02-02-2009, 05:50 PM   #100
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QuoteOriginally posted by awo425 Quote
Just a small observation, I went to take some pictures with a local photo club this weekend.

1 Canon EOS Film camera.
1 Rolleflex TLR (Viewfinder on this thing is something out of this world)
1 Nikon D300
1 Canon 5D
2 Canon 5D II
4 Nikon D700
1 Pentax istD, that would be me.

Observation #1: All those people except the guy with Rolleflex TLR were using APS-C format cameras just a year ago.
No, dear Pentax we don't need no stinking FF!


Observation #2: Only the guy with D300 is a professional weddings photographer, everybody else are quite knowledgeable photographers, but hobbyists.
FF is needed only for professionals, yep looks like this one is true too.
The EOS film camera IS FF and the TLR (6x6) is beyond full frame relative to 35mm film.
02-02-2009, 06:27 PM   #101
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I had an interesting brief exchange with the guy who bought my old Nikon D70. He asked me what I had and I said I shoot Pentax. He said, "oh those aren't very popular, but they have great image quality." I commented that I liked the small prime lenses. He said he was a beginning shooter and while he thought the IQ was better with Pentax he bought the Nikon (to replace one he had some time back) and he wanted Nikon as there were other users around who could help him. Interesting point, though that's what the interwebs is for...
02-02-2009, 08:15 PM   #102
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A few reasons why I think a Pentax FF should be imminent:

1. R&D is minimal over existing cameras given a sensor is available. Just make a bigger camera.

2. Samsung won't like to play second fiddle to Sony for too long. Surely they have a FF sensor up their sleeves.

3. Sony went from a crappy first camera (A100) to a full lineup in two years. No reason Pentax, with much more camera expertise, shoudn't do the same.

4. They can't wait for the end of economic troubles or it'll be too late. They must already have the cameras available when everybody decides to get new cameras.

5. Hoya bought Pentax to make money. They won't see a return on investment by sitting still and not expanding the product line.

So there.
02-02-2009, 08:42 PM   #103
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QuoteOriginally posted by kristoffon Quote
A few reasons why I think a Pentax FF should be imminent:

1. R&D is minimal over existing cameras given a sensor is available. Just make a bigger camera.

2. Samsung won't like to play second fiddle to Sony for too long. Surely they have a FF sensor up their sleeves.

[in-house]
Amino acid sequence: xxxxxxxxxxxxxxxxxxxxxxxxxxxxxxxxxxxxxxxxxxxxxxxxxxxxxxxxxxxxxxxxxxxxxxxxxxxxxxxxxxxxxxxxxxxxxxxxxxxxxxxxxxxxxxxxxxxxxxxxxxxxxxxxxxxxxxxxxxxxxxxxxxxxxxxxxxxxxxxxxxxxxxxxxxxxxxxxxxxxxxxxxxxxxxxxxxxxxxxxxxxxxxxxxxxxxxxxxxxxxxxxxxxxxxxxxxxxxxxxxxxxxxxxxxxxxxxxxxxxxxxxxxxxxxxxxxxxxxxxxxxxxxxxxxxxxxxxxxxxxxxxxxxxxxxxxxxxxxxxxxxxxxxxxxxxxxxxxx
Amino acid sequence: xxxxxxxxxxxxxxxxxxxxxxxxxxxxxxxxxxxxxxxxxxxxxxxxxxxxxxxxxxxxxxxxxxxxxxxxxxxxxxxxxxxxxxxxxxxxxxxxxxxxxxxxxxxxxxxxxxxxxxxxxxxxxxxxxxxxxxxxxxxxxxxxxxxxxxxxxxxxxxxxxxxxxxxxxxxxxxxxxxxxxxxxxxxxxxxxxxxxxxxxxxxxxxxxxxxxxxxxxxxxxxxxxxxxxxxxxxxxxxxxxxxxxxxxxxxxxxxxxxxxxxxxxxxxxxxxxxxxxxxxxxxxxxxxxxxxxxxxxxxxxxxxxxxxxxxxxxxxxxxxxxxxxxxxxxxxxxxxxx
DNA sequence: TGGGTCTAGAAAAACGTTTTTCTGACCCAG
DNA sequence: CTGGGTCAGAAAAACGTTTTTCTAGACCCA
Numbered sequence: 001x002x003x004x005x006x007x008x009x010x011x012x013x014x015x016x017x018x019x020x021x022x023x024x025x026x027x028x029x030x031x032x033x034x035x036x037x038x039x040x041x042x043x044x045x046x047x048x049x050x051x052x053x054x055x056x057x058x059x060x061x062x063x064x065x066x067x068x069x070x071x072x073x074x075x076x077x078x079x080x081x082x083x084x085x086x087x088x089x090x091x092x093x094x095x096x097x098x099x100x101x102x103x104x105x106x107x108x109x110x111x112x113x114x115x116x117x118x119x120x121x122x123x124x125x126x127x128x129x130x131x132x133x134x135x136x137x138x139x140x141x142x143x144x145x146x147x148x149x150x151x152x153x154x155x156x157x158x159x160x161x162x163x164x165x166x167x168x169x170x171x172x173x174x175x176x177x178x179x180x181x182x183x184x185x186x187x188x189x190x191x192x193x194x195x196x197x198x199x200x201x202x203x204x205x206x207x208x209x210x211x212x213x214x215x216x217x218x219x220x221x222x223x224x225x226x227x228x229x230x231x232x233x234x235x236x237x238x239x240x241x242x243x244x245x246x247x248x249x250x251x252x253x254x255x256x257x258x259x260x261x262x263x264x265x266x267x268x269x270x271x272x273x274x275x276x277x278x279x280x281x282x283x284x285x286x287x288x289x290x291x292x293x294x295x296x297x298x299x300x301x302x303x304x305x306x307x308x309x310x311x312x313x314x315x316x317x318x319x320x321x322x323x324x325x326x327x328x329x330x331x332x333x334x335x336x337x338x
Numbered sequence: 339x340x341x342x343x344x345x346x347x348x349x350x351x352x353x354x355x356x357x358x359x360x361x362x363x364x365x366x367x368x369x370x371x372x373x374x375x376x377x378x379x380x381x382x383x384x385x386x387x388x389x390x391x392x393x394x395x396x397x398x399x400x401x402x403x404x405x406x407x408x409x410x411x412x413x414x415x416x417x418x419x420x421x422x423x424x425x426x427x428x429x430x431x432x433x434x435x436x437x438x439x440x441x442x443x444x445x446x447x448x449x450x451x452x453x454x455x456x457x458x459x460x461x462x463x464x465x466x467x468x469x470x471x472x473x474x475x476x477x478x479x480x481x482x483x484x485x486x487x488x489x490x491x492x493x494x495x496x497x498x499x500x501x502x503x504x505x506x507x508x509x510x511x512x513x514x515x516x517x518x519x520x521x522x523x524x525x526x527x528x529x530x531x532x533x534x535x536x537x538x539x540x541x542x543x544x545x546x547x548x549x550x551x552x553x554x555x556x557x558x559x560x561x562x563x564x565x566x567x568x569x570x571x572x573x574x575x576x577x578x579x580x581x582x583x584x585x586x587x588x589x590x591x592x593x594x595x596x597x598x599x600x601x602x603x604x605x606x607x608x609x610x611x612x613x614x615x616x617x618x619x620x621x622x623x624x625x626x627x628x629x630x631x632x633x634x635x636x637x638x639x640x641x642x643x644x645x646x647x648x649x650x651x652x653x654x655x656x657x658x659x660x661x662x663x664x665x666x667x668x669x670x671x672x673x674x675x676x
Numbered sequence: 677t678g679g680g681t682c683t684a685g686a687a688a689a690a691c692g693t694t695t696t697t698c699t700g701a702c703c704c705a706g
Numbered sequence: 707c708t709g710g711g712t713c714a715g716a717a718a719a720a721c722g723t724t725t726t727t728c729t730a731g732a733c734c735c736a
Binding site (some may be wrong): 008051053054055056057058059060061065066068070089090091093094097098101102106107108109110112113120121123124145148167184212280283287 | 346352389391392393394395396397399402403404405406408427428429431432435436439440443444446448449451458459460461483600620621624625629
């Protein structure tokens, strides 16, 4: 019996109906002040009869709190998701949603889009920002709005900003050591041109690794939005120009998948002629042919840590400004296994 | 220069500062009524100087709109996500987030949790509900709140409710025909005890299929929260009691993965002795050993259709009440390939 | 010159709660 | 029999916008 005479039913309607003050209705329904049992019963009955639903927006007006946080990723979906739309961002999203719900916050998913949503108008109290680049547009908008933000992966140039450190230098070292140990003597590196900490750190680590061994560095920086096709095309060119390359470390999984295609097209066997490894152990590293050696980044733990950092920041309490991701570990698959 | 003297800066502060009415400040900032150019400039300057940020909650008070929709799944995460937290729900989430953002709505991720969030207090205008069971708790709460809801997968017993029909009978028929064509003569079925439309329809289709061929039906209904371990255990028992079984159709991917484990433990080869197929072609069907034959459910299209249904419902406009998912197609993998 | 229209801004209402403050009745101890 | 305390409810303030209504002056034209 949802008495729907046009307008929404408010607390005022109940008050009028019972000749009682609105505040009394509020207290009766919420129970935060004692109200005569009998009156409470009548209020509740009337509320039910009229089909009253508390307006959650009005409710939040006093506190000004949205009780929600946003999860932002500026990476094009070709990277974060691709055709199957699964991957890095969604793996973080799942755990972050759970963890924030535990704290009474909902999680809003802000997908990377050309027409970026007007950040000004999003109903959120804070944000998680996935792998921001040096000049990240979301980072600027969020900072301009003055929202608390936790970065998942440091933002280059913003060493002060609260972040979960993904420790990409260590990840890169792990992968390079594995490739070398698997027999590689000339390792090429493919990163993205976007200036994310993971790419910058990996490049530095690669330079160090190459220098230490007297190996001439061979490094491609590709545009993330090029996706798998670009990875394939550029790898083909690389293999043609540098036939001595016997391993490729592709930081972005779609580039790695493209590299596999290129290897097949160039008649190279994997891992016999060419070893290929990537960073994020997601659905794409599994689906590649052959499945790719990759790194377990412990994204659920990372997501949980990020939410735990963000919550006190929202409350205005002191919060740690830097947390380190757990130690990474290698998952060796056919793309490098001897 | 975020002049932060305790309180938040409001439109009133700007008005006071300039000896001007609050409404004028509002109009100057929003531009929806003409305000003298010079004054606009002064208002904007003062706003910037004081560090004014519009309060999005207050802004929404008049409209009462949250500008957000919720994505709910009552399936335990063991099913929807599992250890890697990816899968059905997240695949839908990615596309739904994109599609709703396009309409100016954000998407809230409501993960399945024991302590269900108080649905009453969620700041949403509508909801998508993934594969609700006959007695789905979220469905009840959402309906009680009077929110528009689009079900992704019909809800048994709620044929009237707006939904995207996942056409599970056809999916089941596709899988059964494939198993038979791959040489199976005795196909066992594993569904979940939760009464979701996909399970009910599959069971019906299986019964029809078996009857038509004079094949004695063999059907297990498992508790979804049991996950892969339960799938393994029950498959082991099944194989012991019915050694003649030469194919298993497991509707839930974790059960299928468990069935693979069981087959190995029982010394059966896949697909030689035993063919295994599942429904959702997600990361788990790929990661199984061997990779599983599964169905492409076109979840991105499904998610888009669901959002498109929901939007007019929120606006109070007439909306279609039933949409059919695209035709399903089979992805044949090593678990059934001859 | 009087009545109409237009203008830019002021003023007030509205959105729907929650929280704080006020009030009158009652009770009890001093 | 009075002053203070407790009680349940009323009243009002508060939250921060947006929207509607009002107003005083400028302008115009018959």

3. Sony went from a crappy first camera (A100) to a full lineup in two years. No reason Pentax, with much more camera expertise, shoudn't do the same.

4. They can't wait for the end of economic troubles or it'll be too late. They must already have the cameras available when everybody decides to get new cameras.

5. Hoya bought Pentax to make money. They won't see a return on investment by sitting still and not expanding the product line.

So there.
Sony acquired the defunct Minolta factory and hired many of its employees including engineers. That had to help a lot with Sony getting up to speed so quickly. However, Pentax isn't as far behind as Sony was.
02-02-2009, 10:45 PM   #104
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The only reason the standard sensor size (ie most common), is APS-C and not 135 is cost.

Imagine if a 135(FF) sensor was the cheaper and easier to build of the two. Would there be a market for APS-C bodies that cost two to three times more than a FF body? If the manufacturing costs were reversed, along with the technical challenges, would people want to buy the more expensive APS-C format for the benifit of the "crop factor" and slightly smaller lenses and bodies?

I expect the answer is no. I would expect most people would buy a $1,700 D700 over a $2,800 D300.

But in the real world, FF costs more. But as all technology does, the production costs will drop. The price divide between a FF and a APS-C will narrow. Eventually I would expect to see companies like Nikon offer both a FF and an APS-C body with similar specs, and at the same price. I really believe all companies will eventually offer an advanced amature model in both FF and APS-C. Even Olympus and Pentax.

Penatx was slow to offer a pro body with autofocus. Canon did, and it was a great move for them. Pentax was slow to sell a DSLR, and now they are playing catchup with Canon and Nikon. So now the game is to introduce a FF model into the lineup. Again, I expect Pentax will be slow to respond.

I really hope that Pentax is able to get their act together before we see a D105 (entry level Nikon FF) for the same cost as a K50D APS-C.
02-03-2009, 03:23 AM   #105
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QuoteOriginally posted by kristoffon Quote
A few reasons why I think a Pentax FF should be imminent:
Those points do seem reasonable. I can only hope you are right. If Pentax would come out with a $2500 FF camera I'd start saving right away.

Ok call me a pixelpeeper and gadgetomaniac now